To make matters worse for the tiny country, Germanian soldiers capture their princess, Ortfiné “Finé” Fredericka von Eylstadt, as she is heading to a decisive meeting with Britannia. When trouble aboard the transport plane breaks loose, another piece of precious cargo, Izetta, the last witch alive, escapes. Recognizing Princess Finé from a childhood memory, Izetta transforms a soldier’s rifle into a flying “broomstick” and rescues Finé.

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Now reunited with her princess, Izetta pledges to protect Elystadt from the clutches of Germania—just as the White Witch of legend once did—and with the last surviving witch on their arsenal, Elystadt hopes to turn the tides against the imperialist war titan.

Original projects excite me. There’s nothing more freeing than hearing a studio trying to bring together a story from the their own combined passions, and then seeing the results. Izetta was no exception. While underwhelming in its finale, Izetta provides a magical spin on a historical setting where a world war is fought . . . by a witch.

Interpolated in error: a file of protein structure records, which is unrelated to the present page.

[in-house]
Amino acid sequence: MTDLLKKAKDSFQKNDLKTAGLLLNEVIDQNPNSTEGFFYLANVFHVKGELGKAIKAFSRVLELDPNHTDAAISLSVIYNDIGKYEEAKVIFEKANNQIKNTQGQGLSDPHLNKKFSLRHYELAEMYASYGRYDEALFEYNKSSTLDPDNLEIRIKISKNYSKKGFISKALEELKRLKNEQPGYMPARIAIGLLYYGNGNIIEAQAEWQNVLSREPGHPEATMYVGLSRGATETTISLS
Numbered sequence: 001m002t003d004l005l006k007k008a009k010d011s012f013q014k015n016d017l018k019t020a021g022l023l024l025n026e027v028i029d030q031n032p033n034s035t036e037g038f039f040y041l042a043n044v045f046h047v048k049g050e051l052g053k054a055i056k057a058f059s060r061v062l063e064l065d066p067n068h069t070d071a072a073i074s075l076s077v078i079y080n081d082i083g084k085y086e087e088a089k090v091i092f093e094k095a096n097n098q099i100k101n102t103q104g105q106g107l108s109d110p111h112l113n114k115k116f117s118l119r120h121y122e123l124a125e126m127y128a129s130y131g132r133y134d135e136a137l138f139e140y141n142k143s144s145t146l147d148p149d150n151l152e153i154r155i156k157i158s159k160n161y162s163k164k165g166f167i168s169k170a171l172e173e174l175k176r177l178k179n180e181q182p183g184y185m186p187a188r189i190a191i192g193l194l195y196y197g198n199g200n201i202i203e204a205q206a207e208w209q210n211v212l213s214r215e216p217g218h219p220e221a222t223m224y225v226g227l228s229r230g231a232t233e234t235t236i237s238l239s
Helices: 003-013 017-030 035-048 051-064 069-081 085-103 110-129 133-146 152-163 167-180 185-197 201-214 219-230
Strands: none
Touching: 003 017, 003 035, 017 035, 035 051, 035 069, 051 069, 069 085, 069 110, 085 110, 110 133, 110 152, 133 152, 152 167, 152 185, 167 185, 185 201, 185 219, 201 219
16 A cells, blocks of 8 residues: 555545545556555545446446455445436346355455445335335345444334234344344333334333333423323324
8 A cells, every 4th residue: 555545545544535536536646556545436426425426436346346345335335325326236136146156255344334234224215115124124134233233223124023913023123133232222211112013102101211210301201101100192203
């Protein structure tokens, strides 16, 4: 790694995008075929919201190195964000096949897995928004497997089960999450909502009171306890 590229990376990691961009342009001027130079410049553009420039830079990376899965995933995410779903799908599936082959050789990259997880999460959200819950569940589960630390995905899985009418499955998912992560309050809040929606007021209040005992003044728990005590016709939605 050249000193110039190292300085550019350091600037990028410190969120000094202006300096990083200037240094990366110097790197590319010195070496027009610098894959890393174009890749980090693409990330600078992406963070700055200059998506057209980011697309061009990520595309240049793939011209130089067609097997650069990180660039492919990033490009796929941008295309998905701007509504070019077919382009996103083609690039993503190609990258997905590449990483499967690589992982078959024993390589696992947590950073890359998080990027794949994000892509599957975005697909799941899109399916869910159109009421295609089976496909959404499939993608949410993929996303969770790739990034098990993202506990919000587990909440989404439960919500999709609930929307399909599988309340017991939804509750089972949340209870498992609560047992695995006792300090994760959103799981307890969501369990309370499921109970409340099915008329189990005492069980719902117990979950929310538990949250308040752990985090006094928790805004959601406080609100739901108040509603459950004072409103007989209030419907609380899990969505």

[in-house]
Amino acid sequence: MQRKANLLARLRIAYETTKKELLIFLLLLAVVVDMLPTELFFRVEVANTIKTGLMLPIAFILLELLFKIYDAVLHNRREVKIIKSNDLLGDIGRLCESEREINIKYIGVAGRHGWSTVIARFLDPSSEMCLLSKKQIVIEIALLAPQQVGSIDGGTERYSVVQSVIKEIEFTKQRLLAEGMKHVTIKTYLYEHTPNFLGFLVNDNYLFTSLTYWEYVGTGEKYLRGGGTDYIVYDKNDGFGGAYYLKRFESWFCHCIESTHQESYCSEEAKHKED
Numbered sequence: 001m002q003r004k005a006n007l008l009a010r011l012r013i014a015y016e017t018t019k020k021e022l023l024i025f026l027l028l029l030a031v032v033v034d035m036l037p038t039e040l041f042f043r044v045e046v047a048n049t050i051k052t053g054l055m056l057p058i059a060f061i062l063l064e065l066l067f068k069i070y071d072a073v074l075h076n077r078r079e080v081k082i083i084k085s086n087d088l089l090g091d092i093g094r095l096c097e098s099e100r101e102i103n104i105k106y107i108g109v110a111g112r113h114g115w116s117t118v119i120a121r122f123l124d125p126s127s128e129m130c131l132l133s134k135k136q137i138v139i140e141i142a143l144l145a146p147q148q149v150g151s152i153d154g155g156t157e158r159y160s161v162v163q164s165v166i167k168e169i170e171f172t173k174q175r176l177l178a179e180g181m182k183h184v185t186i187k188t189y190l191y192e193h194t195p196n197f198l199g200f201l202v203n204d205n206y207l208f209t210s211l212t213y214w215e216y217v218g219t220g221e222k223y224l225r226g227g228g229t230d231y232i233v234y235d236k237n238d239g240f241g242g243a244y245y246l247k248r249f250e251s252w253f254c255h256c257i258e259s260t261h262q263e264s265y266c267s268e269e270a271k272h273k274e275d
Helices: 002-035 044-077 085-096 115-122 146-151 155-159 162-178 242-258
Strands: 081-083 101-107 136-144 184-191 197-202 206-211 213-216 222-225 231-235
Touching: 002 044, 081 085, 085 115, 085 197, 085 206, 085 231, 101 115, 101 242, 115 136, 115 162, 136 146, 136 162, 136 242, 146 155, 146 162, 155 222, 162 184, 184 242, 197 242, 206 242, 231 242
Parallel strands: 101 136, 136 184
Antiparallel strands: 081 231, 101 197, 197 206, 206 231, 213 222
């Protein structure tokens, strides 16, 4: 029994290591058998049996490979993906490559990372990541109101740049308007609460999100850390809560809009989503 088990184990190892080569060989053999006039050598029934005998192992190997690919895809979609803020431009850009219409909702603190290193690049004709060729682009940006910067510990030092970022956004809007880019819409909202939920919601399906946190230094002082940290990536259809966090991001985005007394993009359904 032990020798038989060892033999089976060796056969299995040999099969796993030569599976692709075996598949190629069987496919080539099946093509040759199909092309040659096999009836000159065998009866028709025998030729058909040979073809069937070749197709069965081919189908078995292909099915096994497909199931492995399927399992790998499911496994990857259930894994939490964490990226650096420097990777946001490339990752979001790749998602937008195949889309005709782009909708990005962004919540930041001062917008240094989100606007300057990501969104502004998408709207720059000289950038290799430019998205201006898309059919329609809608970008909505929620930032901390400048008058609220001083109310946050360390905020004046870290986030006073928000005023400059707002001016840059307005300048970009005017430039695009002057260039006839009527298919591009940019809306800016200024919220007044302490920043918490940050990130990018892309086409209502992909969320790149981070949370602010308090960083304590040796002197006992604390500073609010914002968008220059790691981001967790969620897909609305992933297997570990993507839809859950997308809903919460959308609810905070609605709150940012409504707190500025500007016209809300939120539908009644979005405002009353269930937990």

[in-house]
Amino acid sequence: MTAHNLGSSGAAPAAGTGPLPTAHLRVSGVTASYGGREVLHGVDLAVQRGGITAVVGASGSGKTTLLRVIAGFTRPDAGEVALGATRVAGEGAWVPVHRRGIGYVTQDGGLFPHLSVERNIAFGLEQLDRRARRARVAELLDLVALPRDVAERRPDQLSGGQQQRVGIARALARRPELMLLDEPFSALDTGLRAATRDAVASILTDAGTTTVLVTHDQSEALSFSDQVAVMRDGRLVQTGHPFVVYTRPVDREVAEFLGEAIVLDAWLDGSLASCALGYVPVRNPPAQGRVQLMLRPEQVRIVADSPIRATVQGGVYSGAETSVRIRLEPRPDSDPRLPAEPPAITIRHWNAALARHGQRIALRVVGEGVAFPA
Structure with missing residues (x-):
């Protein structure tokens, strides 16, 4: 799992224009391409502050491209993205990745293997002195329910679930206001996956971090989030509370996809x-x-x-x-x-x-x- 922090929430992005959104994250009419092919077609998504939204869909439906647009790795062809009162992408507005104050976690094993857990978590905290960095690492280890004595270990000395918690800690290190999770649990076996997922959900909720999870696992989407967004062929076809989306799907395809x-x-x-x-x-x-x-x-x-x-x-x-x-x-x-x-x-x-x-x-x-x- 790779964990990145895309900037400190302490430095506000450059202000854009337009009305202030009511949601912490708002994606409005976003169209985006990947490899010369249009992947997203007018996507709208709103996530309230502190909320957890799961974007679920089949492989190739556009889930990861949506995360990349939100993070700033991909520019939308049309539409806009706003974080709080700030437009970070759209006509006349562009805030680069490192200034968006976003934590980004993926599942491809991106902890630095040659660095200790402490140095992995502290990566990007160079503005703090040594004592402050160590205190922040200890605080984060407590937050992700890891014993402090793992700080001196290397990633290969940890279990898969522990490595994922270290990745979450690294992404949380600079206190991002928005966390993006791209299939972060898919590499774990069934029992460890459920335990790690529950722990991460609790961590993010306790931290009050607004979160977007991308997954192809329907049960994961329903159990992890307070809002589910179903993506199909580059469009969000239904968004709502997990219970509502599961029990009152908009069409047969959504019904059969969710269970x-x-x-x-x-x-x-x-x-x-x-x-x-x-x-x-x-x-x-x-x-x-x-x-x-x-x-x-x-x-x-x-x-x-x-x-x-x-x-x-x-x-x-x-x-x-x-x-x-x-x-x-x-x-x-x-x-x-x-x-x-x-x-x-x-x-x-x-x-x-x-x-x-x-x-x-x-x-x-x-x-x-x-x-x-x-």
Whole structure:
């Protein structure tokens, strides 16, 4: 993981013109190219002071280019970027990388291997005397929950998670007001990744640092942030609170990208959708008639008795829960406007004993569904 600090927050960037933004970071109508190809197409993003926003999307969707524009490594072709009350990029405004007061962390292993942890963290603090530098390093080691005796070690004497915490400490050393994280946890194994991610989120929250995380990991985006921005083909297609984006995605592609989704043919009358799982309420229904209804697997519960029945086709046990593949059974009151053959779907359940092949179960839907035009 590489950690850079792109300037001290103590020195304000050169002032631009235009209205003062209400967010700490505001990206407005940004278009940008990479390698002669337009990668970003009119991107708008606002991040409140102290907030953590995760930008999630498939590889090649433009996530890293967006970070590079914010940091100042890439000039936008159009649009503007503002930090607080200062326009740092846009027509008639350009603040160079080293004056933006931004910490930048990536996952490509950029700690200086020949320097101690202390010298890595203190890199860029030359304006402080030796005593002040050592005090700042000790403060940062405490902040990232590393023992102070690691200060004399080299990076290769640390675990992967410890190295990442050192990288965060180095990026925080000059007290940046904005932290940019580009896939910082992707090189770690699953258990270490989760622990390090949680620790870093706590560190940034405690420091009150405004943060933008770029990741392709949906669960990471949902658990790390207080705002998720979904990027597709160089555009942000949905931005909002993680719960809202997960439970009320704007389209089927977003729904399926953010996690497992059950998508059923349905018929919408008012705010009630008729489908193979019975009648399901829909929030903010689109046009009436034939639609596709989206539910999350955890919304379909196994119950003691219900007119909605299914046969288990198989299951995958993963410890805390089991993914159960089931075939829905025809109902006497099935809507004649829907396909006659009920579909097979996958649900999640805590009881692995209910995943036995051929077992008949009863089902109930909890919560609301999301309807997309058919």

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What if a World War had a Witch?

Izetta is a bumbling little mess of emotions and crimson hair. She’s kind and overly humble, but often disregards her own well-being for the object of her affection: Princess Finé. Speaking of, our Princess of Elystadt herself is quite the noble woman. Just as Izetta, she’s loyal to her countrymen and responsible to a T. Respect is another quality that runs deep in the Elystadt family’s lineage (or at least the legend has us believe), but trust me when I say that Finé is the genuine article.

The two are a power duo, and many of my favorite scenes don’t revolve around the engaging combat, but rather the quiet nighttime conversations that are exclusive to the pair. Although they act selfishly so as to preserve the others’ safety, Izetta and Finé are undeniably a cool couple bound together by lore and destiny.